It is about as action-heavy as you can get with the filmmakers taking advantage of the Turtles now being animated instead of suits with puppet heads to pump up the volume on what they and their adversaries are capable of. As you'd expect, this quickly gets out of the filmmakers' control with the set pieces becoming more and more absurd while simultaneously leaving most of the characters behind while racing through a plot which feels like the writers took from a script in their back pocket and sculpted a Turtles movie around.
[To be fair that actually happens a lot and sometimes you get "Aliens" out of it. And sometimes you get "Terminator 3."]
Actually, it take that back; it doesn't feel like that at all. It feels like someone took the plot of "Mission: Impossible 2" and "Amazing Spider-Man" and jammed them together, and then stuck Turtles on top of it. To call the script by Josh Appelbaum, André Nemec and Evan Daugherty lazy would be a compliment to laziness.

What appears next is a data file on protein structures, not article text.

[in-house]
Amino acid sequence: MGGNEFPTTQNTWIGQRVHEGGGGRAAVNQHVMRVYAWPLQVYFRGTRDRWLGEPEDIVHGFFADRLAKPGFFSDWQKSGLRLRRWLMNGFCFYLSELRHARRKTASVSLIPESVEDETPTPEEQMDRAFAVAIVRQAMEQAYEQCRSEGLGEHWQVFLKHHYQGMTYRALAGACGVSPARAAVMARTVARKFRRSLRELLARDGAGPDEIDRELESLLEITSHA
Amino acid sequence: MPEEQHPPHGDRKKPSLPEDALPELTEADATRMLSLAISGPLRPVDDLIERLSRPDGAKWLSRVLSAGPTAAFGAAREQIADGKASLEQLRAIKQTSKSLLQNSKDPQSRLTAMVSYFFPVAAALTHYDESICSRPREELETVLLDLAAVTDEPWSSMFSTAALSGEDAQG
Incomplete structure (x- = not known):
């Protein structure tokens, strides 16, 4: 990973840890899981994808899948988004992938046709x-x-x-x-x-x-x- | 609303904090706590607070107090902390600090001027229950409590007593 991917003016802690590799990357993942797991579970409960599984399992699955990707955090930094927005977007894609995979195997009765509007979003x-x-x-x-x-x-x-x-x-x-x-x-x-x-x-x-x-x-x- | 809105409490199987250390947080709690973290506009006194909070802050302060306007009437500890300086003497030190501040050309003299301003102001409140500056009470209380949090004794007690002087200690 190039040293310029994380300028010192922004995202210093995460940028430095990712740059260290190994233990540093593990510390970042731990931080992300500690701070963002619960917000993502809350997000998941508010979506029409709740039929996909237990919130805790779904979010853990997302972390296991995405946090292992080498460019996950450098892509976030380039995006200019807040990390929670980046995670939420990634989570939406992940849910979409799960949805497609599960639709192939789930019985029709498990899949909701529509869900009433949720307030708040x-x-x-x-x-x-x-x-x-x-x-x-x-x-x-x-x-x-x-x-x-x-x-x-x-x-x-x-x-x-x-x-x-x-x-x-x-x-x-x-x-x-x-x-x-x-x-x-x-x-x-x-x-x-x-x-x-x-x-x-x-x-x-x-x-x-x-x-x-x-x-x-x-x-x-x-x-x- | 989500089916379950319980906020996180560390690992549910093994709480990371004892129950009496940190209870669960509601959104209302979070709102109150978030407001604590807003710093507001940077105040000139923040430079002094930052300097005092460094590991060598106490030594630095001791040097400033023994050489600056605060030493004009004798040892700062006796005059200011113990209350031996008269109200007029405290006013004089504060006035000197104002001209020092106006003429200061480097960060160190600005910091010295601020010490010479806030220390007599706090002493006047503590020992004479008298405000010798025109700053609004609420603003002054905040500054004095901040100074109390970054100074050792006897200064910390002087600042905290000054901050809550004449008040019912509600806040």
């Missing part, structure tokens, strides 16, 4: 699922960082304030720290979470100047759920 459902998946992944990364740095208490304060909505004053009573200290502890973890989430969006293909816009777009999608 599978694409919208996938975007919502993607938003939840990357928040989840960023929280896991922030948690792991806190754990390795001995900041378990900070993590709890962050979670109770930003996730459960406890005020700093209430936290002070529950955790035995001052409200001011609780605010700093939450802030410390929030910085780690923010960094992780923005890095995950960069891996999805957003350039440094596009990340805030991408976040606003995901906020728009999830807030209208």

The resulting film is incredibly unfocused, never able to decide who it should be paying attention to. Is it a story about April and her quest to be taken seriously as a reporter (and make her dead father proud in the process)? It seems like it wants to be a lot of the time as the film follows the classic Hollywood rule that in a story where the main characters aren't twenty-something Americans, make a twenty-something American the main character. To help, April's been given a backstory which ties into both all of the Turtles and all of the villains to a degree that rapidly eclipses believability.